Effects of interfaces and preferred orientation on the electrical response of composites of alumina and silicon carbide whiskers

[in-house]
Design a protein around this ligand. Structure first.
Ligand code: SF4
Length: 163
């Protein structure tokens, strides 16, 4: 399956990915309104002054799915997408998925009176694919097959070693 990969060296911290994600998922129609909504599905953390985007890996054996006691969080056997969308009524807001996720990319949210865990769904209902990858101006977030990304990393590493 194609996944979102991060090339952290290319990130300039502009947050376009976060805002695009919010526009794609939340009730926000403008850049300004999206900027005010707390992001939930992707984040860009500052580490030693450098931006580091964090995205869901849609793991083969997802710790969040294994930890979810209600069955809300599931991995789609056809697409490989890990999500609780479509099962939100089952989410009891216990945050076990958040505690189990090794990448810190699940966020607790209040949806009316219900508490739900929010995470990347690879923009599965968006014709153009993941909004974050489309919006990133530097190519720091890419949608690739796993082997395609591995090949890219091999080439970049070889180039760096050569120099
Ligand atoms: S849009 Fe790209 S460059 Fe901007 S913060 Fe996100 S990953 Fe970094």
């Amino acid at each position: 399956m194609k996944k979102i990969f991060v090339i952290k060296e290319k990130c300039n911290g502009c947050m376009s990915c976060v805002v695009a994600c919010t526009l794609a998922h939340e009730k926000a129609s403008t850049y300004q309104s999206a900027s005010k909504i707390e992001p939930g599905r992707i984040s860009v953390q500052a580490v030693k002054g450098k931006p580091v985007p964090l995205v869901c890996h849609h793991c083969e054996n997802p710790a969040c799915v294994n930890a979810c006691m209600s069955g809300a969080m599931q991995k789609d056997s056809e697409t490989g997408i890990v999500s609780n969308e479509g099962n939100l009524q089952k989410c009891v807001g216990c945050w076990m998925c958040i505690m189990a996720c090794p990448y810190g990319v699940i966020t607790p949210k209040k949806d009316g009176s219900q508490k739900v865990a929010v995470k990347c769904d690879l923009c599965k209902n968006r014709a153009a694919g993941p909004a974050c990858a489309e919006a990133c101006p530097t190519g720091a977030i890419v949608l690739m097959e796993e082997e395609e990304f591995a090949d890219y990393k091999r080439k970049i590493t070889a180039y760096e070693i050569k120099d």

Ceramic-matrix composites of alumina and silicon carbide whiskers have recently found novel commercial application as electromagnetic absorbers. However, a detailed understanding of how materials issues influence the composite electrical response which underpins this application has been absent until now. In this project, such composites were electrically measured over a wide range of conditions and modeled in terms of various aspects of the microstructure in order to understand how they work. For this purpose, three types of composites were made by different methods from the same set of ceramic powder blends loaded with different volume fractions of whiskers. In doing so, the interfaces between whiskers, the preferred orientations of whiskers, and the structure of electrically-connected whisker clusters were varied. In Chapter 3, it shown that Schottky energy barriers form at the junctions of the wide-bandgap semiconductor whiskers when metal electrodes are applied for measurements. These barriers were characterized on the microscopic and macroscopic level, and the gap between these different scales was bridged. Also, a modeling approach was developed for the loading dependence of the composite non-linear response which results from the barriers. In Chapter 4, the effects of significantly different types of preferred orientation are elucidated and a strong structure-property correlation is established. The effects of other structural issues on the electrical response are uncovered as well, such as those pertaining to porosity in the ceramic and the interfaces between electrically-connected SiCw. In Chapter 5, the non-linear response model of Chapter 3 is adapted in the development of a new model for electrically-percolated clusters. This model demonstrates how loading and interfacial issues influence the cluster topology and may result in the cluster having a non-linear electrical response. In Chapter 6, the effects of various factors on the broadband frequency dependence of the electrical response are explained and then contextualized for the electromagnetic absorber application. Such factors include whisker orientation, percolation, cluster structure, and interfaces. Finally, in Chapter 7, it is demonstrated that the interwhisker interfacial conduction mechanism differs from those which have been previously reported for other disordered mixtures of relatively conductive particles dispersed inside insulating polymer hosts. A new model for the interfacial conduction mechanism is then developed, which connects the temperature dependencies of the static- and radio-frequency electrical response and helps explain the aforementioned structure-property correlation.